[http://www.zetatalk.com/theword/tword17z.gif]

Bottom Line: Nothing is showing anything very definite
as far as I can tell.

One thing I don't know is - How often is the date on
the aa.usno.navy.mil site in these tables updated to reflect
actual measurements (if it ever really is) rather than
predictions.

Nancy Lieder

unread,
Jun 3, 2001, 12:10:21 PM6/3/01
to
Below is a note another member of our Troubled Times group got from
someone in the Navy, at least that’s what he claimed.
(http://www.zetatalk.com/theword/tword17n.htm) He was implying that the
Navy statistics were OUT OF SYNC with the actual full moon face. Am I
understanding correctly that 98% Gibbous means 98% full? He is saying
that the Navy statistics give a nice proper day/time period between full
moons, 29.5 days apx between a full moon on Jan 1, 1999 PM to Jan 31,
1999 AM.

But then on Feb 28th there is a full moon! ONLY 28 DAYS AT MAX.

A short month? The statistics from the Navy data base show that the
full moons range between 29.50 and 29.55 or so, NOT 28 days to the AM of
Feb 28th, or 28.5 days to the PM of Feb 28th, or 28.75 to midnight of
the 28th (Frank did not indicate the time of the 98% Gibbous moon).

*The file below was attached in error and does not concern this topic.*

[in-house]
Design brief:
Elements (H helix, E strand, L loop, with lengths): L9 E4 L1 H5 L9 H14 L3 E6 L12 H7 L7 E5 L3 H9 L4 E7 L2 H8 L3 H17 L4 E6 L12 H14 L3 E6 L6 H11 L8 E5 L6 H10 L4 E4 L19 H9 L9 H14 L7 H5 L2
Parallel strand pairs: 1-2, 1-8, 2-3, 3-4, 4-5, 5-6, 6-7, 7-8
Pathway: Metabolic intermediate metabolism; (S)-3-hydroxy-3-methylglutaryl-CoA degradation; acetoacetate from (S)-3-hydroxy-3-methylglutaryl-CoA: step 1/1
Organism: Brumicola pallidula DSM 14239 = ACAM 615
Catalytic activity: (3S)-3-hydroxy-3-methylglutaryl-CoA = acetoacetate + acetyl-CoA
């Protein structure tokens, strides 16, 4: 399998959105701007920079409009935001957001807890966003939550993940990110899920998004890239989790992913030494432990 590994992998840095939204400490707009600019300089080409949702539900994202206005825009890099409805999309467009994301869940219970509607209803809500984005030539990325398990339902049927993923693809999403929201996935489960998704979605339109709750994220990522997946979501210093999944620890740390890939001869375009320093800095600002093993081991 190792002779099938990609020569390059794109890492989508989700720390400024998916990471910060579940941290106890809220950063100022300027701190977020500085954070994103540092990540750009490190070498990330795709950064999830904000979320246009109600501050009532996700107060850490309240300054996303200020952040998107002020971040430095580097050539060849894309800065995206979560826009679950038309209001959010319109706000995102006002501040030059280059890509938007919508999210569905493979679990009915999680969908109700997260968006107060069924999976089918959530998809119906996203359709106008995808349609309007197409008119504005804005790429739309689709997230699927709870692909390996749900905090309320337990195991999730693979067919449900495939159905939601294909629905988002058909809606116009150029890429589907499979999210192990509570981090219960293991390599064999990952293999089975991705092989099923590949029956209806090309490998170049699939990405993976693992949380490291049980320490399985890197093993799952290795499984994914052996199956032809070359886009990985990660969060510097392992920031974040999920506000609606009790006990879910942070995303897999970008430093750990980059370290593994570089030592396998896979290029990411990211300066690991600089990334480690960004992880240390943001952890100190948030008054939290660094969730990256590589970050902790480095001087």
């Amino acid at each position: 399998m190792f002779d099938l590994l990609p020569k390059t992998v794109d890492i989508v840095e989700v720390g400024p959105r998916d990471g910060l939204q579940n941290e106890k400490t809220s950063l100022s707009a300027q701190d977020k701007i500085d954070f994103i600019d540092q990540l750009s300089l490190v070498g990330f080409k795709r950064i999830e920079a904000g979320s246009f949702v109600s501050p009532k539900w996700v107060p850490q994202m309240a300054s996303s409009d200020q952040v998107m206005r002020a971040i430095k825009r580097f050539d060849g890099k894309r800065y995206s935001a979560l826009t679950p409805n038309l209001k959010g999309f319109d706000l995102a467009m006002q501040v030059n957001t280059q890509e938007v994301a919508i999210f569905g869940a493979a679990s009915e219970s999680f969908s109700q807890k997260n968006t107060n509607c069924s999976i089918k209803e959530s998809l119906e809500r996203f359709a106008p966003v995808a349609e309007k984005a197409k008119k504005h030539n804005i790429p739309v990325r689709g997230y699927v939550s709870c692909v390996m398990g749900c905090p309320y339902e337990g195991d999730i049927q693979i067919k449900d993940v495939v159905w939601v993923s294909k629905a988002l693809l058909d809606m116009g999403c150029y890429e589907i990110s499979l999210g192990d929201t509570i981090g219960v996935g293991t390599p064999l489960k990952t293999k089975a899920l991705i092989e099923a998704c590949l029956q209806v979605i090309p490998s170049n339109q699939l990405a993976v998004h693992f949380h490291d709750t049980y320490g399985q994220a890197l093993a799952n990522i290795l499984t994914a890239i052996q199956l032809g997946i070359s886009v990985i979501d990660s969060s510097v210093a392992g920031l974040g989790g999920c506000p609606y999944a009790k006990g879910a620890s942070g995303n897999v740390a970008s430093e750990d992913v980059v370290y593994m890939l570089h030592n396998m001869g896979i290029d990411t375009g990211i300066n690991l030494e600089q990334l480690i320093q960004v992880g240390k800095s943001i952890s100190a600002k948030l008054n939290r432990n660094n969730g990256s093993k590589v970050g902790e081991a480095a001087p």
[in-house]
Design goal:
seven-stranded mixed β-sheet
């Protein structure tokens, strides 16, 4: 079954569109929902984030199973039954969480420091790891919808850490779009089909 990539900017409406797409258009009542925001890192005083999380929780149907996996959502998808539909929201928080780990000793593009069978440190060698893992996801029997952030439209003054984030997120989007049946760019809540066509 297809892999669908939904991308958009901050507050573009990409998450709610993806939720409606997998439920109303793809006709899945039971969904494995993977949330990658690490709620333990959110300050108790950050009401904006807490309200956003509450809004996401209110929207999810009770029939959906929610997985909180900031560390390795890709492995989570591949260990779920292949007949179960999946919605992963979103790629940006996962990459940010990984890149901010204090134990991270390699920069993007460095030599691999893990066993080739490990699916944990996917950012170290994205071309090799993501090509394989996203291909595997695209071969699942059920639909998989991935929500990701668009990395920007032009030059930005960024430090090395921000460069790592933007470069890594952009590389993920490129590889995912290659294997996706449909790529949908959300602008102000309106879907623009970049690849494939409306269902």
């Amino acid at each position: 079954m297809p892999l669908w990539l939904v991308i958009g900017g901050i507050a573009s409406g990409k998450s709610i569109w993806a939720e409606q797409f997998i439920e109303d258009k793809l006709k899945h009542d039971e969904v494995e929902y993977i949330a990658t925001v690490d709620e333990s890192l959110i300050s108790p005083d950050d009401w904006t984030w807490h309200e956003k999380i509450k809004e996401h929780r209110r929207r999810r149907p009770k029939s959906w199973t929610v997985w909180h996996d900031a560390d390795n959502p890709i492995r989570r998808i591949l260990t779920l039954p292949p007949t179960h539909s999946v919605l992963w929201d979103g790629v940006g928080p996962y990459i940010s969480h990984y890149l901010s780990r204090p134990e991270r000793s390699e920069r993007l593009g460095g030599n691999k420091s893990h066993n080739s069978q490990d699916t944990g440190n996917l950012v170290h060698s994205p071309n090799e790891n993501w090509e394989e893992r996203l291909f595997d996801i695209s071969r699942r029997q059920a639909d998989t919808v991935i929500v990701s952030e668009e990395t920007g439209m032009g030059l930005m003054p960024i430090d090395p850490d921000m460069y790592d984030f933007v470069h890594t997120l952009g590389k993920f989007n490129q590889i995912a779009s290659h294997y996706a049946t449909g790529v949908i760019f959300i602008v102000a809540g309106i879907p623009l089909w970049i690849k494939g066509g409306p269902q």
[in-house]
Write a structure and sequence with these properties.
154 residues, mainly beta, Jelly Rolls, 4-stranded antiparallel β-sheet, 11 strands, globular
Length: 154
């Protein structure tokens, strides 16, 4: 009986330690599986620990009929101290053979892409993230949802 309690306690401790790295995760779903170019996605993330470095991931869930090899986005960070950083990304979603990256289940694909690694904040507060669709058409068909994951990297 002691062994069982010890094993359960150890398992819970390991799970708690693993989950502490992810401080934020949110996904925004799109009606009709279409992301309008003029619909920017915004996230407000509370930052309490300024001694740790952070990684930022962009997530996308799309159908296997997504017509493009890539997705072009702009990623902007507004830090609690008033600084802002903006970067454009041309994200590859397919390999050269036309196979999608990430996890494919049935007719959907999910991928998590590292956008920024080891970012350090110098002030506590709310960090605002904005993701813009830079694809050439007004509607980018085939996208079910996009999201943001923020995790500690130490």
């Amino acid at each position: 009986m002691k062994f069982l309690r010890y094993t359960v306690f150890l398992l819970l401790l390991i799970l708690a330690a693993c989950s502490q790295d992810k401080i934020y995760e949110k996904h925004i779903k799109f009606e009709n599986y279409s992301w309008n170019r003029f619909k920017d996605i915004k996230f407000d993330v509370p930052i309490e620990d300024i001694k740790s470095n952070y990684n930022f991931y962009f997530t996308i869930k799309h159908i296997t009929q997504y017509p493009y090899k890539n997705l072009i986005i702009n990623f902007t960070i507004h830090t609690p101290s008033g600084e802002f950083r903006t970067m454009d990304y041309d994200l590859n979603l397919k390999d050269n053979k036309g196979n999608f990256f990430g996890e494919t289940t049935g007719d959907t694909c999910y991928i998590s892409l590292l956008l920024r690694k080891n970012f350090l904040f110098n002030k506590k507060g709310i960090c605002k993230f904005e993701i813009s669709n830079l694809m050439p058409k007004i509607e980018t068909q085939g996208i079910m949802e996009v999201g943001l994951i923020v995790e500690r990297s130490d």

U.S. Naval Observatory
Astronomical Applications Department
Sun and Moon Data for One Day
The following information is provided for Las Vegas, Clark
County, Nevada
(longitude W115.2, latitude N36.2)

Friday
1 January 1999 Pacific Standard Time

SUN
Begin civil twilight 6:23 a.m.
Sunrise 6:52 a.m.
Sun transit 11:44 a.m.
Sunset 4:37 p.m.
End civil twilight 5:05 p.m.

MOON
Moonrise 3:41 p.m. on preceding day
Moonset 6:12 a.m.
Moonrise 4:39 p.m.
Moon transit 11:55 p.m.
Moonset 7:11 a.m. on following day

Full Moon on 1 January 1999 at 6:51 p.m. Pacific Standard Time.

U.S. Naval Observatory
Astronomical Applications Department
Sun and Moon Data for One Day
The following information is provided for Las Vegas, Clark
County, Nevada
(longitude W115.2, latitude N36.2):
Sunday
31 January 1999 Pacific Standard Time

SUN
Begin civil twilight 6:16 a.m.
Sunrise 6:43 a.m.
Sun transit 11:54 a.m.
Sunset 5:06 p.m.
End civil twilight 5:33 p.m.

MOON
Moonrise 4:25 p.m. on preceding day
Moonset 6:39 a.m.
Moonrise 5:27 p.m.
Moon transit 12:28 a.m. on following day
Moonset 7:22 a.m. on following day

Full Moon on 31 January 1999 at 8:08 a.m. Pacific Standard Time.

U.S. Naval Observatory
Astronomical Applications Department
Sun and Moon Data for One Day
The following information is provided for Las Vegas, Clark
County, Nevada
(longitude W115.2, latitude N36.2):
Sunday
28 February 1999 Pacific Standard Time

SUN
Begin civil twilight 5:47 a.m.
Sunrise 6:13 a.m.
Sun transit 11:53 a.m.
Sunset 5:34 p.m.
End civil twilight 6:00 p.m.

MOON
Moonrise 3:14 p.m. on preceding day
Moonset 5:17 a.m.
Moonrise 4:15 p.m.
Moon transit 11:09 p.m.
Moonset 5:56 a.m. on following day